Menu
INFRASTRUCTURE AS CODE

INFRASTRUCTURE AS CODE

Kief Morris

Managing Servers in the Cloud


In his book, Infrastructure as Code, Kief Morris explains how you can take advantage of technologies like cloud, virtualization and configuration automation to manage IT infrastructure using tools and practices from software development.


These technologies have decoupled infrastructure from the underlying hardware, turning it into data and code.


Free yourself from routine tasks like setting up and updating servers. Forget about the struggle of keeping all your servers consistently configured and up to date with system patches. And start spending your time on more important projects and initiatives that will really make a difference to your organization.

INSIDE THE BOOK

  • Challenges and Principles
  • Dynamic infrastructure platforms 
  • Infrastructure provisioning tools
  • Server configuration tools
  • Infrastructure services
  • Patterns for provisioning servers 
  • Patterns for managing server templates
  • Patterns for updating and changing servers 
  • Patterns for defining infrastructure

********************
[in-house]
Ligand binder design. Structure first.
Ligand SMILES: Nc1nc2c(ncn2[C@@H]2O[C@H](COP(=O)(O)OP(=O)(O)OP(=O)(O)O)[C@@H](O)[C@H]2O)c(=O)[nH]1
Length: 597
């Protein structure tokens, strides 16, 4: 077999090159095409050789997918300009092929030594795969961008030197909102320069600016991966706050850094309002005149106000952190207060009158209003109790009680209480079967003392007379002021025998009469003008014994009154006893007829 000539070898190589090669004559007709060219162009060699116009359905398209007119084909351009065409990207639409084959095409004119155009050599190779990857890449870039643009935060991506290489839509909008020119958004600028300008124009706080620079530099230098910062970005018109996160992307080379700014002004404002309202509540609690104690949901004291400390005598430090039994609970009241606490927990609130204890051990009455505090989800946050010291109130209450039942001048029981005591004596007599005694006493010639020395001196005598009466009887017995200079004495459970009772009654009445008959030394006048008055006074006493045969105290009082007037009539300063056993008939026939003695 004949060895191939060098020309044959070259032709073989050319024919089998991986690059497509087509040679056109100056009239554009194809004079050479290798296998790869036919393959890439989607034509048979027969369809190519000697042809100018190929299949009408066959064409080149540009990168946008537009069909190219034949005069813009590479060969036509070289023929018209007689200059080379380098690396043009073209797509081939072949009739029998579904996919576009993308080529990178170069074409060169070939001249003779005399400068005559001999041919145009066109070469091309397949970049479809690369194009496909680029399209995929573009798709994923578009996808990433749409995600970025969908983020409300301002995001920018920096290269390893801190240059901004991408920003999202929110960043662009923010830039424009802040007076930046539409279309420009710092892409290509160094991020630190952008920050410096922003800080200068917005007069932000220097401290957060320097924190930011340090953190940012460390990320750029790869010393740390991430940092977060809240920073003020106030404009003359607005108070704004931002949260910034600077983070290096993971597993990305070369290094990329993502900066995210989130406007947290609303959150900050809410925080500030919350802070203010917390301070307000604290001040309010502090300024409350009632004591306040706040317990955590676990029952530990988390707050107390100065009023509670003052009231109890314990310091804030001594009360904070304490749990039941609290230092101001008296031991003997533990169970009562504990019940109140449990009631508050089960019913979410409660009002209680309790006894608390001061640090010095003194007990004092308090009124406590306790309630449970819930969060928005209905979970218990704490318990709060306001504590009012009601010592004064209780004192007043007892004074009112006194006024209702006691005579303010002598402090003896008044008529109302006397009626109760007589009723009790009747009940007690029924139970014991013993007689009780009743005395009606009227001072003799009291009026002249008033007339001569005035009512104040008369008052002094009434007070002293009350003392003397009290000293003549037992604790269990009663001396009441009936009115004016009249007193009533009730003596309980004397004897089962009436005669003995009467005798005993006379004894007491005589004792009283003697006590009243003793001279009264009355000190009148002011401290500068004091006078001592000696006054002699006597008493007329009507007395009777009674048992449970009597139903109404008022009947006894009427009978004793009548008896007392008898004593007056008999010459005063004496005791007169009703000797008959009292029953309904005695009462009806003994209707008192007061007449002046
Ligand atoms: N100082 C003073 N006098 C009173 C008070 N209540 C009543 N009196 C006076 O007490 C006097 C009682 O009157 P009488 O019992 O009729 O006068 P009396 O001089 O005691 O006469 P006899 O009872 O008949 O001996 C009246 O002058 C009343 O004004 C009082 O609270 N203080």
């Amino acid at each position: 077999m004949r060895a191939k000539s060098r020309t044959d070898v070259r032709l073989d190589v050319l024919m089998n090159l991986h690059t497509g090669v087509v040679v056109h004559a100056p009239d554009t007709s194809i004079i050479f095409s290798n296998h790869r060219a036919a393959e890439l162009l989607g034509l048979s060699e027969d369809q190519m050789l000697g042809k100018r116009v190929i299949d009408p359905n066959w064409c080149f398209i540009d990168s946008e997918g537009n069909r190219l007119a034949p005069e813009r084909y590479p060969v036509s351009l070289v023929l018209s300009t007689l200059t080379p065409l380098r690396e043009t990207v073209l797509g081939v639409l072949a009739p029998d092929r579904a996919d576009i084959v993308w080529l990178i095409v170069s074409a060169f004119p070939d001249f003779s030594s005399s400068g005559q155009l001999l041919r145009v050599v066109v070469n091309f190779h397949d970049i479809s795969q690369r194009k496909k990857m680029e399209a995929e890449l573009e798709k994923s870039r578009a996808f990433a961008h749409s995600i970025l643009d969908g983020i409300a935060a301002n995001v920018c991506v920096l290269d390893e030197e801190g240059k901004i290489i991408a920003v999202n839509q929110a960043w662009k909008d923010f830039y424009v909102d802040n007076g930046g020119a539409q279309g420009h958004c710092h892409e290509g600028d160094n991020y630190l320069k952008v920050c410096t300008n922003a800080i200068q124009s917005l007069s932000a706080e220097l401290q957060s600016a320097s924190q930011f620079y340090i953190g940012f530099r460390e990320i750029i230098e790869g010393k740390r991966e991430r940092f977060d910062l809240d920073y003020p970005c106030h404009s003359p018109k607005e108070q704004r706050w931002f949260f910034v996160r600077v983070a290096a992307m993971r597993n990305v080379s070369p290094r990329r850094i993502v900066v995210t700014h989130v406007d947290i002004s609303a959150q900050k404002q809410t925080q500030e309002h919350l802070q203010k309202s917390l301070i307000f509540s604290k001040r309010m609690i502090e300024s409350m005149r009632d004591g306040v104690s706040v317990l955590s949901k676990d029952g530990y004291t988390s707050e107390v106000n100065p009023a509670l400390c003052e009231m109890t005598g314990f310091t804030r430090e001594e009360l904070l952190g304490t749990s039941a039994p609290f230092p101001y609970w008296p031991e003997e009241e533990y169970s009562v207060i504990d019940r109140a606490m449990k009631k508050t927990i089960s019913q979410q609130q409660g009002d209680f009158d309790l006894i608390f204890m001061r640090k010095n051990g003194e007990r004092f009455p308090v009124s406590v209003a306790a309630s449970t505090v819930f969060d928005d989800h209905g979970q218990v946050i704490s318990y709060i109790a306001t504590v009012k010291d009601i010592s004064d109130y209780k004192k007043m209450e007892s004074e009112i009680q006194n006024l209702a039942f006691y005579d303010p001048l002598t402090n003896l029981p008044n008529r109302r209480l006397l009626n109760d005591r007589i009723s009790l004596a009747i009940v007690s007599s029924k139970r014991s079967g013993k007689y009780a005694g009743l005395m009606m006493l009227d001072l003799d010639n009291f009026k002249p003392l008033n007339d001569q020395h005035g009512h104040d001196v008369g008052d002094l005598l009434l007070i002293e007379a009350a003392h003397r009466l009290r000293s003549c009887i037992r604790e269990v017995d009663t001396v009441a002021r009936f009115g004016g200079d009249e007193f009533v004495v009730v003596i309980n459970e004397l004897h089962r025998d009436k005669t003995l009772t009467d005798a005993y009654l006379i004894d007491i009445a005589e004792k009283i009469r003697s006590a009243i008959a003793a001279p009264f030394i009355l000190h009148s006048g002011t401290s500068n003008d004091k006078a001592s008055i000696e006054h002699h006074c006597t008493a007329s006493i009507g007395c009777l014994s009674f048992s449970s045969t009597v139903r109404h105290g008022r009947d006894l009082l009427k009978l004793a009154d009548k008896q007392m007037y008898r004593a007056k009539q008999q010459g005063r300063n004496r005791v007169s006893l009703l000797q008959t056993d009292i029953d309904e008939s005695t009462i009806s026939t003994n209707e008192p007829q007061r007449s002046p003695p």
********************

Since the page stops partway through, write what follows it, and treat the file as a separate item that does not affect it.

• Software engineering practices for infrastructure 
  • Testing infrastructure changes 
  • Change management pipelines for infrastructure 
  •  Workflow for the infrastructure team 
  •  Continuity with dynamic infrastructure

AGILE IT ORGANIZATION DESIGN

Infrastructure as code is a necessary capability if you're moving to a serious adoption of microservices. Infrastructure as code techniques scale effectively to manage large clusters of servers, both in configuring the servers and specifying how they should interact.


Kief Morris

Cloud Practice Lead at ThoughtWorks


Kief Morris is Cloud Practice Lead at ThoughtWorks, and the author of the O'Reilly book "Infrastructure as Code". He works with organisations to understand how to take advantage of cloud, infrastructure automation, DevOps, and Continuous Delivery to become more effective at delivering IT services. Originally from Tennessee, Kief has been based in London since the dot-com days.

Explore the latest volume of the Technology Radar